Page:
In addition to modifying viral transmissibility and immune escape, mutations in the spike protein can also enable the virus to bind ACE2 in species not previously susceptible to infection. Extending the range of species that a virus can infect allows the emergence of new host species and can have important health implications by creating new viral reservoirs with the potential to re-infect the human population. For example, SARS-CoV-2 has been transmitted to mink and spilled back from mink to humans [6]. This potential for cross-species transmission is especially pertinent when viruses infect species that live in close proximity to humans. Importantly, viral evolution in these new reservoirs, and recombination with other coronaviruses, has the potential to create further novel variants, that could potentially cross back into humans.

As the number of SARS-CoV-2 infected individuals rise, in human and other hosts, the opportunities for the appearance of viral mutations resulting in enhanced infectivity or pathogenesis increase. With rising immunity to the virus, there is growing selective pressure on the virus for immune evasion. Consequently, viral variants are emerging with spike protein mutations that enable antibody escape, such as the K417N mutation [3]. Some immune escape mutations lead to a decrease in binding affinity of spike protein for ACE2, and for such mutations, successful viral lineages are those that have combined the escape mutation with additional mutations that restore binding affinity. An example of this is the SARS-CoV-2 B.1.351 (Beta) variant that contains K417N and N501Y mutations. K417N suppresses binding of a number of antibodies [3], but also decreases binding affinity to ACE2 by around five-fold [7,8]. The addition of an N501Y mutation enhances binding affinity and can restore the decrease in affinity caused by K417N [7,8]. With selective pressure for immune escape, mutations that increase binding affinity of the spike protein become more important as they enable the virus to explore a wider range of escape mutations, including those that would otherwise hamper binding to ACE2.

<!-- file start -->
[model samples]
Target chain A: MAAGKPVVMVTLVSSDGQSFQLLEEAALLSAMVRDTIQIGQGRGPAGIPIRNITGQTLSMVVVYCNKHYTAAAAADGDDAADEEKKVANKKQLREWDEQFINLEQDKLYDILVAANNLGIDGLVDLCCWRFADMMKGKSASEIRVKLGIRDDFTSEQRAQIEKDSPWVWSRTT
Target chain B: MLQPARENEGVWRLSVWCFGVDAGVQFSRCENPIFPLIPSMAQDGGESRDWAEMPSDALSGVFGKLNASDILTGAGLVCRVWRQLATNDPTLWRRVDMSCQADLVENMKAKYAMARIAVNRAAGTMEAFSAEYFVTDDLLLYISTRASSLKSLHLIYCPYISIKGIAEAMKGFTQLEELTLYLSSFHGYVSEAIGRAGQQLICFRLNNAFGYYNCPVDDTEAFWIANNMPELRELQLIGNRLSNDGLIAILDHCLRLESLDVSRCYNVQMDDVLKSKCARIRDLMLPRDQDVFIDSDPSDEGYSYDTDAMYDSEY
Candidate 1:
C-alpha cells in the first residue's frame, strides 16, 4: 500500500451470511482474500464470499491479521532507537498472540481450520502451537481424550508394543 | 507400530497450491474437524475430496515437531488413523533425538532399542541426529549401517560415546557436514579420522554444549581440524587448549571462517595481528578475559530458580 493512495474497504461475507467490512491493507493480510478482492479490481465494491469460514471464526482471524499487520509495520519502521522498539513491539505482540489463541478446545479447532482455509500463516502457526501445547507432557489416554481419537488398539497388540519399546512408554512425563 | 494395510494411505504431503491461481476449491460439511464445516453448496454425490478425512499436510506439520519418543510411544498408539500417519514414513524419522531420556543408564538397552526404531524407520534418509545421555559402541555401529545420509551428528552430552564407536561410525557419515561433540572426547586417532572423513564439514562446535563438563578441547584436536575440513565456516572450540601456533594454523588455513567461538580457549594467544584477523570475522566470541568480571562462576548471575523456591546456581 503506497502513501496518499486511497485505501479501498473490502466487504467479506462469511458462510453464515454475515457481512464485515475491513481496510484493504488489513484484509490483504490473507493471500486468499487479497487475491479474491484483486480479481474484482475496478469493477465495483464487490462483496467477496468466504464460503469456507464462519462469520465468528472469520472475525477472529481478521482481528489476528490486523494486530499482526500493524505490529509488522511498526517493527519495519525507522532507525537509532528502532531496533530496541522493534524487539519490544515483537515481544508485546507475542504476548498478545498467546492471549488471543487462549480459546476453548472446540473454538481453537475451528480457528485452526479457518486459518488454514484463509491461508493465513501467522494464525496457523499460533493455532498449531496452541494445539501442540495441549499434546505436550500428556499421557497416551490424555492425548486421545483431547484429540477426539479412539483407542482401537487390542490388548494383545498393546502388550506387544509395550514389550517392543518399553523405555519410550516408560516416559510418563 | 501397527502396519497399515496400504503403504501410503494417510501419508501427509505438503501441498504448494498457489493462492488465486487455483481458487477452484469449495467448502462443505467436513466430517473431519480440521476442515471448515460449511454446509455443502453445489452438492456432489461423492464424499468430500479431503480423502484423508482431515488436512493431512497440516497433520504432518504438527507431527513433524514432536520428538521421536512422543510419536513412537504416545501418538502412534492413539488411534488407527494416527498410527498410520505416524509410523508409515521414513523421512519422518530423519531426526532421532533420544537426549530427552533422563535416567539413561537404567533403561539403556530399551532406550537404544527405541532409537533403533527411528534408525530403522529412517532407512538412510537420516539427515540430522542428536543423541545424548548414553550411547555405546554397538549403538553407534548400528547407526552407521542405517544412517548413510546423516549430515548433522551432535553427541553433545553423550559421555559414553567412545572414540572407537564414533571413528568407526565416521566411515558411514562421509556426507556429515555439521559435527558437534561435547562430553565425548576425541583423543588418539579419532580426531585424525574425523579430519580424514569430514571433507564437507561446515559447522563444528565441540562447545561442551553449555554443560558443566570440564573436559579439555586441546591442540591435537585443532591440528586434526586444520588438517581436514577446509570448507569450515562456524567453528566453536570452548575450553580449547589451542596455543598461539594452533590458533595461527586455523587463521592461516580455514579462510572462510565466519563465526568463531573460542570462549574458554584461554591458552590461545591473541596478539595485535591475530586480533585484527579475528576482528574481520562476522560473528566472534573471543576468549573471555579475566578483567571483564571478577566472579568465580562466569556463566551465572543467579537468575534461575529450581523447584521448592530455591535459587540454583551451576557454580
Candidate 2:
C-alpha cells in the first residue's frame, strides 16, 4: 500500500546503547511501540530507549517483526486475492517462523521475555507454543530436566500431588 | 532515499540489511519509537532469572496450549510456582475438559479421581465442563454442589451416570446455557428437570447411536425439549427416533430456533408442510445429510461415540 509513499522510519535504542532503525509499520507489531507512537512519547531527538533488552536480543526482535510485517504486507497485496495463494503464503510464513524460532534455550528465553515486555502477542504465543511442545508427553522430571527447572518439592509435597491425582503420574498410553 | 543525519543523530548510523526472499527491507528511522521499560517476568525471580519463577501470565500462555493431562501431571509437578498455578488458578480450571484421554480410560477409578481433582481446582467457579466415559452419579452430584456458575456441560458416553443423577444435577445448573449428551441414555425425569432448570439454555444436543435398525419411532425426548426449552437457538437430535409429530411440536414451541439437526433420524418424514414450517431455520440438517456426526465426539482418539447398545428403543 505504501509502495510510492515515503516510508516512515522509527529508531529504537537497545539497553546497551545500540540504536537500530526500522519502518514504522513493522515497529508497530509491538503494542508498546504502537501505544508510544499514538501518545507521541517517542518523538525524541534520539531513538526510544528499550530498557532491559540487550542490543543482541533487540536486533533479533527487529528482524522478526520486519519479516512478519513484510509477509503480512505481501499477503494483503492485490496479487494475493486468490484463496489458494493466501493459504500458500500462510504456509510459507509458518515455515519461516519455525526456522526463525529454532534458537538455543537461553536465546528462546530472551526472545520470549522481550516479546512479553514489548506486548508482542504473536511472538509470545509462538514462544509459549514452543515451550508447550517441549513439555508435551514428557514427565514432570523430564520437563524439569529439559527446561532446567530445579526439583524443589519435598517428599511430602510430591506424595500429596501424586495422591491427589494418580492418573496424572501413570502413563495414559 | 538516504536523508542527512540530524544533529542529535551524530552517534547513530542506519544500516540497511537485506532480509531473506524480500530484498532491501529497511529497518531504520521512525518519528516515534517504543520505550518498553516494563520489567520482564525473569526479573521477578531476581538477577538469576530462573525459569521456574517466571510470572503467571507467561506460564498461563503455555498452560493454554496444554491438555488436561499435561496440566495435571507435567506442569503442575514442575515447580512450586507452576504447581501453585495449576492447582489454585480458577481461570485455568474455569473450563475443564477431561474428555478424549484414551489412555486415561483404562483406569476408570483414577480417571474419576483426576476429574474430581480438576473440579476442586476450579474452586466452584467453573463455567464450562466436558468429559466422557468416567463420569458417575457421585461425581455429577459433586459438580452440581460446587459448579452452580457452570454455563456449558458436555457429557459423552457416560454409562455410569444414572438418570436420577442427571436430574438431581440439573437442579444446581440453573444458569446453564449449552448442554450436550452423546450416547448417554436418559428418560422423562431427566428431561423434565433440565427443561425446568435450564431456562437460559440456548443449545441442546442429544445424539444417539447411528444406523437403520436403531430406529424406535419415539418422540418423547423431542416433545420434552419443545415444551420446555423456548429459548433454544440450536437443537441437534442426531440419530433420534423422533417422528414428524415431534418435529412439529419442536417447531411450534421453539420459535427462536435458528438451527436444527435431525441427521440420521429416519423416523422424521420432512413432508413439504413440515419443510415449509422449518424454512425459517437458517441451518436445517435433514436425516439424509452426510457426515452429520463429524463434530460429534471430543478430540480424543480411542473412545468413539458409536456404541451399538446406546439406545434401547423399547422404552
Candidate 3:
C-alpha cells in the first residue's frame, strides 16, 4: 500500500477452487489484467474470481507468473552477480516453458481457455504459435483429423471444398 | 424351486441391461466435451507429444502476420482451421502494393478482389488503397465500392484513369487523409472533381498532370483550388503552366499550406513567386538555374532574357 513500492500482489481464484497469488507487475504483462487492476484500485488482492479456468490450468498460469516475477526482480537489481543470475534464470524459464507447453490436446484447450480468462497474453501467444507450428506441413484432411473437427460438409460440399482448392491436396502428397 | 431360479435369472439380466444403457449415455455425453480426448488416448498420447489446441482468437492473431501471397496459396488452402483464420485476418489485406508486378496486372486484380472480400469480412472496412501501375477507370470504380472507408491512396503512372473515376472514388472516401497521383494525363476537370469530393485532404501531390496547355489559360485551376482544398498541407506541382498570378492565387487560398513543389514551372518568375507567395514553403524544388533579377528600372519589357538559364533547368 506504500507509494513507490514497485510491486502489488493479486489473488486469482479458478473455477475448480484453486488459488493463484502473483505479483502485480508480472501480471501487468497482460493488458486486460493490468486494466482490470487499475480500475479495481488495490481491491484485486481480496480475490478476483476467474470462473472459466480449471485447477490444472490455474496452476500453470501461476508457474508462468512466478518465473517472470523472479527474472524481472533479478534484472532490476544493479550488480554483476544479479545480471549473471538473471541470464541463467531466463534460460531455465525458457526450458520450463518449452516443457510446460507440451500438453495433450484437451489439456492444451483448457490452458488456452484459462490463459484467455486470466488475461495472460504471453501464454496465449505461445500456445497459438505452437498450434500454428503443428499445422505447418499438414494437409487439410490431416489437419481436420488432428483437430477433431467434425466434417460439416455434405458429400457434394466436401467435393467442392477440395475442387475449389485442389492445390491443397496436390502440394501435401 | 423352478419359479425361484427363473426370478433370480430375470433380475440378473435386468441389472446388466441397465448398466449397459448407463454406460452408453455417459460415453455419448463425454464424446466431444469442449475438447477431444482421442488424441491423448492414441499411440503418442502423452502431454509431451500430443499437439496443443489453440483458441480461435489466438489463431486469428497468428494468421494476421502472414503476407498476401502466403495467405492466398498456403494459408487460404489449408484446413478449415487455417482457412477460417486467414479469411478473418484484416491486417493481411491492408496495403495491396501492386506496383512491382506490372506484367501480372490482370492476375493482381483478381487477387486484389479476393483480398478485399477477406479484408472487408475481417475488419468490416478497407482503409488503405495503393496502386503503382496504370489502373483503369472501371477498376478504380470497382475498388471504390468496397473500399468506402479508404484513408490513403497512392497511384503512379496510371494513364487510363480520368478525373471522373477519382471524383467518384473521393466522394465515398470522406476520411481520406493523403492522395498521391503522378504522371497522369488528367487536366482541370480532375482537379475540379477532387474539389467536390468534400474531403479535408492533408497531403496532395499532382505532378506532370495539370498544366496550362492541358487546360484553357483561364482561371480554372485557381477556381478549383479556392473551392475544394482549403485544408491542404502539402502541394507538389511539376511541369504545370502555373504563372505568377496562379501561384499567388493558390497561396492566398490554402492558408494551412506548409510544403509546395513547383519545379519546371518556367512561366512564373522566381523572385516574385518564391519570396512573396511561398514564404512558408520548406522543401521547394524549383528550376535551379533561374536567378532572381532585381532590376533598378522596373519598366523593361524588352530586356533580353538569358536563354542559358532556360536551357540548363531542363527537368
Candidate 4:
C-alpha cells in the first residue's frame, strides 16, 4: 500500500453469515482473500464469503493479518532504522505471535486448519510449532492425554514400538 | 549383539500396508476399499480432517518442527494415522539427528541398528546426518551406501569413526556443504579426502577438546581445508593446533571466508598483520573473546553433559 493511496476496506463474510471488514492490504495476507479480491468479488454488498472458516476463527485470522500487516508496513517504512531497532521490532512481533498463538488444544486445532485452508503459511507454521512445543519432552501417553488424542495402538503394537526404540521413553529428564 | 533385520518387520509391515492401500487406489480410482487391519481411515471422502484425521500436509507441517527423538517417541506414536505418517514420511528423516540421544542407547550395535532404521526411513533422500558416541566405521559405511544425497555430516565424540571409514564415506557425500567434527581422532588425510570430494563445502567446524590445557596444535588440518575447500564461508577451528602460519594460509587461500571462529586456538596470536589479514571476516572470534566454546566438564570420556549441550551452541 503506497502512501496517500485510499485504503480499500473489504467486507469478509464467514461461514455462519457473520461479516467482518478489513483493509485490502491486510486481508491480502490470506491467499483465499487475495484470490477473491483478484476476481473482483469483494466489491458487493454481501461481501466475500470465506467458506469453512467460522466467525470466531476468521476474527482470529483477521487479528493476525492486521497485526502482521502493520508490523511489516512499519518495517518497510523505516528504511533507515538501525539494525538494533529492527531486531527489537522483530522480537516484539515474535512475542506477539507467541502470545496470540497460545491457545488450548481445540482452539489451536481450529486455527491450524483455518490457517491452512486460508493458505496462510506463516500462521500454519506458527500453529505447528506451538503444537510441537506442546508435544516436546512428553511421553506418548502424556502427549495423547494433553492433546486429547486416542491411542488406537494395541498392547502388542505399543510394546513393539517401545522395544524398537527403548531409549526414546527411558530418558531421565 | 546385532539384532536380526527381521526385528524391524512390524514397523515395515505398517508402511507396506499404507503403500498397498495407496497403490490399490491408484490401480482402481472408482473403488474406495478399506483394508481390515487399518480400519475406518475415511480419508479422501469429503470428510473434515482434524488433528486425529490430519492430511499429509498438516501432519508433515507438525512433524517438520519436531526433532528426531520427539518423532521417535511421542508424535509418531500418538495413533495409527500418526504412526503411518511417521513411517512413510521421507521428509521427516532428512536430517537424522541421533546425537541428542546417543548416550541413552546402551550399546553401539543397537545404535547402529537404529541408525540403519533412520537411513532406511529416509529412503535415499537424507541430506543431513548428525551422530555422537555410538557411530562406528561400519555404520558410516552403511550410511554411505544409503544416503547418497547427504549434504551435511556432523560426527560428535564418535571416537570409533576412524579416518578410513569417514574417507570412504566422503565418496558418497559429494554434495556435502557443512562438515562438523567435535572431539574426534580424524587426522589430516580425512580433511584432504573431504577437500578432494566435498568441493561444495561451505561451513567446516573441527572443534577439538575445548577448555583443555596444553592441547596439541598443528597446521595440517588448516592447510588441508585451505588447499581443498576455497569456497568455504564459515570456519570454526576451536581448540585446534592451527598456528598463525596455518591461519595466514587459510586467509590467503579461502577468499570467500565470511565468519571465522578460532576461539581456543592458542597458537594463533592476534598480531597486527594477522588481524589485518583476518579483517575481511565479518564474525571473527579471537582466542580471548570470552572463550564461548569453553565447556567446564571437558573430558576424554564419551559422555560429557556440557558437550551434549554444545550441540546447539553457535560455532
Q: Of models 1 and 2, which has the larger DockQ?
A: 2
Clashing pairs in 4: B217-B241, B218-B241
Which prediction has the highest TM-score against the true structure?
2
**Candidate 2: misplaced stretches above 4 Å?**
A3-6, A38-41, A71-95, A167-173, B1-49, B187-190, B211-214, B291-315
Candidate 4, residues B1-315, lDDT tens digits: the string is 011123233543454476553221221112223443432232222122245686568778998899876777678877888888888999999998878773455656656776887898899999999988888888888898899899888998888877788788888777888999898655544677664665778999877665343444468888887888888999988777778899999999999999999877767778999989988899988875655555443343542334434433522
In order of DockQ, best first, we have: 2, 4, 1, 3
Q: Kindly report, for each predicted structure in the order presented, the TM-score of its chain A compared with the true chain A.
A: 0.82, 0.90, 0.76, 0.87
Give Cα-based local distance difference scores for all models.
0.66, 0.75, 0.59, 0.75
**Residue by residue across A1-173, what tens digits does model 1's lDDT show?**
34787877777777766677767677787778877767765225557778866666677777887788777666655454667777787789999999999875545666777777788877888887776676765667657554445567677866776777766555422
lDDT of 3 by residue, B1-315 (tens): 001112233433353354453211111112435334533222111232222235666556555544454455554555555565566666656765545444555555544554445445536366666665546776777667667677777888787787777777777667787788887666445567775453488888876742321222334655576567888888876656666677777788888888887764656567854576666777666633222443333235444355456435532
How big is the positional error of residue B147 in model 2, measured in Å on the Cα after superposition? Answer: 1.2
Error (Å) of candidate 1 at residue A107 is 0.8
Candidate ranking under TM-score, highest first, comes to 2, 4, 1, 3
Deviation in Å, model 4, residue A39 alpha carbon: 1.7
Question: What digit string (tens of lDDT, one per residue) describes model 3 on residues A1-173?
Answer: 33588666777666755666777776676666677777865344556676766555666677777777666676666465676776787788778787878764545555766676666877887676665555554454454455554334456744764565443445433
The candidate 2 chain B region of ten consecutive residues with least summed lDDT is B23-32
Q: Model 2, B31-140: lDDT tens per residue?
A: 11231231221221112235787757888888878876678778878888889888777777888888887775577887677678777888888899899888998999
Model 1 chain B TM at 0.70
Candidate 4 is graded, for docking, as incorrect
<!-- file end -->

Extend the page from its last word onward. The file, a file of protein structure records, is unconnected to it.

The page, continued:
The ability to predict the combinations of mutations that can arise in SARS-CoV-2, and understand how these affect transmissibility and other functions, is critical for development of broadly acting therapeutics and vaccines that will be effective as the virus evolves. This knowledge is also crucial for early identification of variants that should be prioritised for monitoring and containment. Deep mutational scanning of the receptor binding domain (RBD) of SARS-CoV-2 spike protein has provided valuable insights into potential effects of individual mutations affecting stability and affinity for ACE2 [9]. In vitro evolution is another powerful methodology that can be used to identify mutations that affect protein activities, and it is particularly effective for revealing combinations of mutations that work together to modify functions.